Work Trumpet, "J.H. Tillinghast"

Description (Brief)
As more American volunteer fire fighting companies began to form during the late 18th century, a need emerged for better organized efforts in combating conflagrations. Engineers and officers would use “speaking trumpets” to amplify their voices over the noise and commotion of a fire scene to direct the company in effectively fighting the blaze. Two trumpet variants are reflected in the collection: plain and functional “working” trumpets that were actively used at fires, and highly decorated “presentation” trumpets. Presentation trumpets were awarded to firefighters in honor of their service, or between fire companies during visits, competitions, and musters.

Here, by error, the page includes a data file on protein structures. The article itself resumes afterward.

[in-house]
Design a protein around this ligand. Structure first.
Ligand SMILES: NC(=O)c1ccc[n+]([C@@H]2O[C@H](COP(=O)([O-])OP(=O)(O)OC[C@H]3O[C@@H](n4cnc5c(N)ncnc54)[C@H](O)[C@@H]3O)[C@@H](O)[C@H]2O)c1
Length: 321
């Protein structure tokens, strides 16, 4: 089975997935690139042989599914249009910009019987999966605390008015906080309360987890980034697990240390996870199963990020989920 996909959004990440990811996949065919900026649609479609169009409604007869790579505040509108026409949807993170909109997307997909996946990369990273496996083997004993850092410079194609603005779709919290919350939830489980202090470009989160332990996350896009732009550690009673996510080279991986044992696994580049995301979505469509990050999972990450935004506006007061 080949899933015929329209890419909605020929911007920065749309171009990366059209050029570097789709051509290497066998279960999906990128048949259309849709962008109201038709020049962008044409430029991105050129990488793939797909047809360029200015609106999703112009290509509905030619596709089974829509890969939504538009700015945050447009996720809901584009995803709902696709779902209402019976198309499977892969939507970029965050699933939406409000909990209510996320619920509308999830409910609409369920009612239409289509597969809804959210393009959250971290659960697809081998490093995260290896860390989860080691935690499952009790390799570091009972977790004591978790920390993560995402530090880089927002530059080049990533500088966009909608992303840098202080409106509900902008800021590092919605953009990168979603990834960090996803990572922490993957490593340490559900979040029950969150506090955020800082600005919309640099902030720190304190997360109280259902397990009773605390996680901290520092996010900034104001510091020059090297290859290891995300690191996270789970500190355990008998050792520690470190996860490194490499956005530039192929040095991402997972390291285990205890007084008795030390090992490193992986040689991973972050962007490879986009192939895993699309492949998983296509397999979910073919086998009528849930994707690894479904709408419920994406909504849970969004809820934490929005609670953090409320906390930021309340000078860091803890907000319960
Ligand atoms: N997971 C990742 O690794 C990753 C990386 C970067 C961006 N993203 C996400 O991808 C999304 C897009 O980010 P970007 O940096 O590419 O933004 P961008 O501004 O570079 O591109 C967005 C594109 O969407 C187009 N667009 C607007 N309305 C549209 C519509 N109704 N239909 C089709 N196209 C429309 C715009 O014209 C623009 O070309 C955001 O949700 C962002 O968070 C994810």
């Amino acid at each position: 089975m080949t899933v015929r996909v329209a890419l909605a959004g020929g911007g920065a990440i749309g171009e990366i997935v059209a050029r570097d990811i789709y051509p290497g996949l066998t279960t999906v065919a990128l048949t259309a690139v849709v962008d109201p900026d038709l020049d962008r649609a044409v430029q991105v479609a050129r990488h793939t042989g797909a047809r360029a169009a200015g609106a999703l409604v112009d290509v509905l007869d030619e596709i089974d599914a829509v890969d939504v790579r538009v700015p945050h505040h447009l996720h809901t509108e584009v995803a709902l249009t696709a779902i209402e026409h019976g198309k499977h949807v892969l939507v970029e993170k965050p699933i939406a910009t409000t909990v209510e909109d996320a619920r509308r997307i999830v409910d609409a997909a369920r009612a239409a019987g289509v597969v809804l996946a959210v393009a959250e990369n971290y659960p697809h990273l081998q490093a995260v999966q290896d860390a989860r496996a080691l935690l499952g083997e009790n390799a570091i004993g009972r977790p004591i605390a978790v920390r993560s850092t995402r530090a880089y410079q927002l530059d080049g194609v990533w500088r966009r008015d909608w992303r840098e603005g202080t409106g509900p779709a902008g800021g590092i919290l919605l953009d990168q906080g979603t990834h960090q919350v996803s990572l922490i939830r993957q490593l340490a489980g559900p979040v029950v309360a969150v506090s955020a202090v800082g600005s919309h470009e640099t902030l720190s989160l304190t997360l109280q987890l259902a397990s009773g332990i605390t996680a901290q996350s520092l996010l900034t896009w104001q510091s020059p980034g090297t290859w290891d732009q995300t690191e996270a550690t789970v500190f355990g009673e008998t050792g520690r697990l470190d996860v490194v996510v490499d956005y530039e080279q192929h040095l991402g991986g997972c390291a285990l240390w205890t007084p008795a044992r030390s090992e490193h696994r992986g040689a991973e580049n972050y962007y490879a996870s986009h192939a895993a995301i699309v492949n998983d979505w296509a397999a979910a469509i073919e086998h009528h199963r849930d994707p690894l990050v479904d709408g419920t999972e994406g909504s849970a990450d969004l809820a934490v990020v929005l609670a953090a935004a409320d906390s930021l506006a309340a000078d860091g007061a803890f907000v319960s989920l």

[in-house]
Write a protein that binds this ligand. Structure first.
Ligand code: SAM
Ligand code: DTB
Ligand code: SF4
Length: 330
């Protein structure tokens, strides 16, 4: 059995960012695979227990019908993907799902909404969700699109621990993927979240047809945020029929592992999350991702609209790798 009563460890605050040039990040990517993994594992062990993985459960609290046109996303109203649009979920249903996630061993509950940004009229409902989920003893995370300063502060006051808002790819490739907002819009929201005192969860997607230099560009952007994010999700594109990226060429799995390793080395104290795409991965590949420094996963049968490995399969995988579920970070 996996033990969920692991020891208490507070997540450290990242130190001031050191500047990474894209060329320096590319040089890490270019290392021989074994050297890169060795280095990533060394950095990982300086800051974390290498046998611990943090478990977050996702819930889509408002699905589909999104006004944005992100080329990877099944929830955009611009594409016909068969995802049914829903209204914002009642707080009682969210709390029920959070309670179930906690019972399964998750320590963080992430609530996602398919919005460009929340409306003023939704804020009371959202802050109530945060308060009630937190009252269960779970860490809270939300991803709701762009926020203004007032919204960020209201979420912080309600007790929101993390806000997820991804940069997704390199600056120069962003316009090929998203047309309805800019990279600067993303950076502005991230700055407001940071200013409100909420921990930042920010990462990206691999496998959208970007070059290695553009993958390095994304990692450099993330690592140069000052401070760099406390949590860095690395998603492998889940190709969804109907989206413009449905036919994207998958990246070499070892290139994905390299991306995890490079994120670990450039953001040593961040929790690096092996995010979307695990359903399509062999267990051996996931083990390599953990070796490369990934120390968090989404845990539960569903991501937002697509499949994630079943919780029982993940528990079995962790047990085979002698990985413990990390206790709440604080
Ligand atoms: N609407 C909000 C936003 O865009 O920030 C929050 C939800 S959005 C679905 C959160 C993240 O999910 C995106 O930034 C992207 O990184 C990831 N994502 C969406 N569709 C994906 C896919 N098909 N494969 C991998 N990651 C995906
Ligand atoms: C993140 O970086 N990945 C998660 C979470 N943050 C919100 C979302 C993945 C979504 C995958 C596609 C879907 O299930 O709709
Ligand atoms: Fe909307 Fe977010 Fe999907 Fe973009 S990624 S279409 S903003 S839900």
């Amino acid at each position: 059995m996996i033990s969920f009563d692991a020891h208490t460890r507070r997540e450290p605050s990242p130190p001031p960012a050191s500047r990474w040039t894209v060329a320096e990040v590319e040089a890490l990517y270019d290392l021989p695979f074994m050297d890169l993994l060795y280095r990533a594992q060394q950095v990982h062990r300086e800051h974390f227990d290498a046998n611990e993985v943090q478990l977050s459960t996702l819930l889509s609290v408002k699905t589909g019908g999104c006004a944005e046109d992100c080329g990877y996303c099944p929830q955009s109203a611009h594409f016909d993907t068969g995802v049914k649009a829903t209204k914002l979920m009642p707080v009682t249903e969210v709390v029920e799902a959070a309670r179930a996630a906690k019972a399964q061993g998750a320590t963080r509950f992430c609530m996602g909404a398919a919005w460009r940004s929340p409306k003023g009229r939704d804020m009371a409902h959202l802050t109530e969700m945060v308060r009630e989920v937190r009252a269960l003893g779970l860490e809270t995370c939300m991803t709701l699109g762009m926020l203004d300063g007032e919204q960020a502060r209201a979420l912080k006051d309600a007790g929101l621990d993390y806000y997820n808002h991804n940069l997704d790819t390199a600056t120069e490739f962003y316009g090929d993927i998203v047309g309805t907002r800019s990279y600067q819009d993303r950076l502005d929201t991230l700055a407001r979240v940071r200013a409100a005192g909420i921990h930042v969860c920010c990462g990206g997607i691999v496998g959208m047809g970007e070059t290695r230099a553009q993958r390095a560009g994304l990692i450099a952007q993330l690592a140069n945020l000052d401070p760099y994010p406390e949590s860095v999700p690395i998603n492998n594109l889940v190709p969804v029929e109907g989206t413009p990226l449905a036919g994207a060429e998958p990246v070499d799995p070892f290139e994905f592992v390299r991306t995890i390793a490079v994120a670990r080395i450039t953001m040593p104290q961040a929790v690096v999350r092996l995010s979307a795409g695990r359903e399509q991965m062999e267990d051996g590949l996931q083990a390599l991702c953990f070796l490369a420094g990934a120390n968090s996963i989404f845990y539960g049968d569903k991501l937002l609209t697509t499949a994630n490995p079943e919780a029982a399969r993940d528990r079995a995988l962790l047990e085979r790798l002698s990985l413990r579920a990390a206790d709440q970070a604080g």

This brass speaking trumpet was used by J.H. Tillinghast of Providence, Rhode Island during the middle of the 19th century. The trumpet is unadorned with thin molded bands where the mouthpiece and the bell attach to the shaft. The bell has a simple inscription that reads “J.H. Tillinghast/ PROVIDENCE R.I.” A cord is tied to the neck of the trumpet to form a handle. The Tillinghast family is one of the oldest in Rhode Island.
Currently not on view
Object Name
trumpet, speaking
date made
Physical Description
brass (overall material)
overall: 15 3/8 in x 5 1/2 in; 39.0525 cm x 13.97 cm
place made
United States
Associated Place
United States: Rhode Island, Providence
ID Number
accession number
catalog number
See more items in
Home and Community Life: Fire Fighting and Law Enforcement
Cultures & Communities
Firefighting Collection
Speaking Trumpets
Data Source
National Museum of American History, Kenneth E. Behring Center


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